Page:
Today we hear from PFLAG Savannah mom Phyllis Panhorst. Phyllis, who was described as “a key PFLAG Savannah figure” by chapter President Betsy Barber, serves as an advisor to the local LGBTQ youth group, Stand Out Youth (SOY).
|Phyllis waves to the camera at|
Savannah Pride 2011
Hi. My name is Phyllis Panhorst. I am the mother of two grown children. One day I got an email from the older of the two that said, “Mom, I’m genderqueer.”
Genderqueer? This was a word I had never even heard of. My “baby girl” said she did not relate to being female but she didn’t necessarily relate to being male, either. She said she didn’t want to transition but qualified it with the phrase, “at this time.” She said that anything was possible down the road, and she didn’t want anyone to be taken by surprise if she should someday make that decision.
I have to say, this threw me for a loop. I was confused. I didn’t know what to think. I didn’t understand. I felt like my own identity was somehow in question. I rapidly discovered how much I defined myself by being the mother of two children: a daughter and a son. If I was no longer the mother of a daughter, and yet she was not a son either, then who was I?
In the midst of my confusion, I remembered PFLAG. I had joined for a time when my children were very small to support my friends in the LGBTQ community. Now I needed support, someone to talk to, so I turned to our local PFLAG chapter in Savannah. I met some wonderful people there, including Betsy Barber and her husband, Ron La Conte. I also met an incredible man named Bob Dunn, who is the lead facilitator of a local LGBTQ youth support group, Stand Out Youth.
|SOY participates in the National Equality |
March on Washington!
Stand Out Youth (SOY) incorporated as a 501(c)3 organization in 2005. SOY’s mission is to foster support and promote understanding of issues facing lesbian, gay, bisexual, transgender, queer, and questioning youth, ages 14-23. We seek to provide opportunities for these youth to envision a future for themselves as inspiring, engaged, and valued individuals and citizens. We also aim to provide a safe space for them to meet and get support, encouragement, and opportunities to discover the value of their individuality, the strength of their differences, and the reassurance of their similarity to all youth.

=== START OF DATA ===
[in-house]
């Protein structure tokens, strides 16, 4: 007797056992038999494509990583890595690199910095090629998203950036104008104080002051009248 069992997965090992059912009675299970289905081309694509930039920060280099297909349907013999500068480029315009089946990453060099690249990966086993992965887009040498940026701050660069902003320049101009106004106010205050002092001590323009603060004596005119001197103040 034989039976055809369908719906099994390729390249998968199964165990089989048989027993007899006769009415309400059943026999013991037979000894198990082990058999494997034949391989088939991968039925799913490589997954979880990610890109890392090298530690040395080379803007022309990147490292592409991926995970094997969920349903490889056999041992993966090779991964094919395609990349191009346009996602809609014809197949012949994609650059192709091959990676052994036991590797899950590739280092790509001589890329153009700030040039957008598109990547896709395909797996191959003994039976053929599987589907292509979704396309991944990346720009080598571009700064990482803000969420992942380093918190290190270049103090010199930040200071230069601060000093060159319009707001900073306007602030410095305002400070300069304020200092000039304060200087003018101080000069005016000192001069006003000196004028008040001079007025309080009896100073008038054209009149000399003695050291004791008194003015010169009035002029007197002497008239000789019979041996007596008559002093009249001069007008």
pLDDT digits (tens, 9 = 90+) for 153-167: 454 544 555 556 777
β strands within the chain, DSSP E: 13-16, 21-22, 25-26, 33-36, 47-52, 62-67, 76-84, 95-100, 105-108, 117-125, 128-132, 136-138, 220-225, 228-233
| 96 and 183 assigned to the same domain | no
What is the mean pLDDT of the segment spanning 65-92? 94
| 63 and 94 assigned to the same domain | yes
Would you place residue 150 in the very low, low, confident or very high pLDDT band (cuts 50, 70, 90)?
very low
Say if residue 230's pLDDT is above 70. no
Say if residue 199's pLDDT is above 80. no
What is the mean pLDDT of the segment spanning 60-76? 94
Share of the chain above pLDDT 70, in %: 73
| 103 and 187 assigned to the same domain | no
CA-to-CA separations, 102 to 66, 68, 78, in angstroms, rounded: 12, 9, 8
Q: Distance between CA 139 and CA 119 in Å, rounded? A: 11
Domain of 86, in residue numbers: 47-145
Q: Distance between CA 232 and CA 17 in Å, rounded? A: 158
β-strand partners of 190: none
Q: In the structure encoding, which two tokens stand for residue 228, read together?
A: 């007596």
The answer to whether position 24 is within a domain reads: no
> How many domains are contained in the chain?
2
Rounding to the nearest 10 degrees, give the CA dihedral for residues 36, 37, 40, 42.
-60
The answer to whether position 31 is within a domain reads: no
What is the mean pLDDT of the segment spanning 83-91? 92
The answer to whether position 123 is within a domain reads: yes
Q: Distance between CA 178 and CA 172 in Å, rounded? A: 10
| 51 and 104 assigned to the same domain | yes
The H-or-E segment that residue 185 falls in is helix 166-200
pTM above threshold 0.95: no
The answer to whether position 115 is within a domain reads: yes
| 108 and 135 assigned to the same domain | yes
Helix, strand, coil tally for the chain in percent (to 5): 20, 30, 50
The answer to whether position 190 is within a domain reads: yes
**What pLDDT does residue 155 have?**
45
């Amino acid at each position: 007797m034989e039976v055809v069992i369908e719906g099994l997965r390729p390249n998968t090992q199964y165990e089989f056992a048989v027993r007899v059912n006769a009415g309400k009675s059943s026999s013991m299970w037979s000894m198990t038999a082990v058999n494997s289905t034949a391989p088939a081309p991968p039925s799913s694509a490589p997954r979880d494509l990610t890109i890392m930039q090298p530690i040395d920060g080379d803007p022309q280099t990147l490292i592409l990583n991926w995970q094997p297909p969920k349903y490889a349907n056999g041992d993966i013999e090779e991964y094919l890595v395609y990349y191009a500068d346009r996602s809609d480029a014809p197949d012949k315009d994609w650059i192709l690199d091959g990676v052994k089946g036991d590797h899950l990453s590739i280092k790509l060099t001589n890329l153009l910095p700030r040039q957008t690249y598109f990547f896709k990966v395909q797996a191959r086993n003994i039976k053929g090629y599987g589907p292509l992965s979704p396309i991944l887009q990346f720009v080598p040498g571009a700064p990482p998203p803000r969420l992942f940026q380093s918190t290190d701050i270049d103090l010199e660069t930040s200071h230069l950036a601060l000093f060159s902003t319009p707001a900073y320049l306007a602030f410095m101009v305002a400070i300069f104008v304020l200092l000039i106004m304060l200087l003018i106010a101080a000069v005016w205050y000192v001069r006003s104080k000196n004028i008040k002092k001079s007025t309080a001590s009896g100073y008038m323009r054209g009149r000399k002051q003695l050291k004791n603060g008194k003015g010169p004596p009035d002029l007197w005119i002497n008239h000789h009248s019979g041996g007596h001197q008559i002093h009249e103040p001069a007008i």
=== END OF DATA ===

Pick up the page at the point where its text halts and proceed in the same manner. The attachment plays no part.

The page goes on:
Listening to Bob talk about SOY sparked something in me. I asked him if he thought maybe there was a place for me at Stand Out Youth. I told him my only qualification was being a mother. He smiled and said, “My only qualification is being a father.” It was the beginning of an incredible journey, one that is still in progress.
|A SOY facilitator poses with 2 of the |
group's youth at Savannah Pride 2011
(L to R: Chris St. Clair, Darl Slentz
(facilitator), and Tevin Magee)
Once I met the young folks at SOY, I knew this was where I needed to be. Growing through one’s teen years into young adulthood is hard enough as it is. For an LGBTQ youth, I think it is even more difficult. There are so many additional challenges that have to be faced at home and in society! And a funny thing happened as I came to know these young folks—to talk and to listen, to cry and to laugh. The answer to my original question—who am I?—became clear. I am the mother of two wonderful children. It does not matter what their gender identification is nor their sexual orientation. What matters is that they are happy, healthy, intelligent, funny, loving, responsible adults, and I am blessed to be their mother. And now I am also blessed to be the surrogate mother to over 100 other youth of all different gender identifications, sexual orientations, ages, and ethnicities.
Just a few months ago, Betsy Barber and Ron La Conte were invited to attend President Obama’s LGBT Pride Reception at the White House. I was so very proud that my fellow PFLAG Savannah members were chosen to attend! Something that made this event especially memorable, however, is that Betsy and Ron offered to take greetings from Stand Out Youth to President Obama. We put together a video for Betsy and Ron to take along. I still smile when I think of that video. I hope President Obama smiled when he saw it, too.
We at PFLAG National thank Phyllis for her inspiring work and dedication to both PFLAG Savannah and Stand Out Youth. We are so grateful that she has decided to share her incredible story. Because in the end, that is how we as PFLAGers connect with one another. By opening up and sharing our personal stories, we truly can change our neighbors’ hearts and minds.
Stand Out Youth holds weekly events every Wednesday night at 6:30 p.m. and every Friday night at 7:00 p.m. Wednesday night events and locations will be posted weekly on SOY’s website as these will change frequently. Friday nights will be SOY’s weekly discussion group at the FCN Building – 307 East Harris St. Savannah, GA. If you have further questions, call SOY’s info line at (912) 657-1966.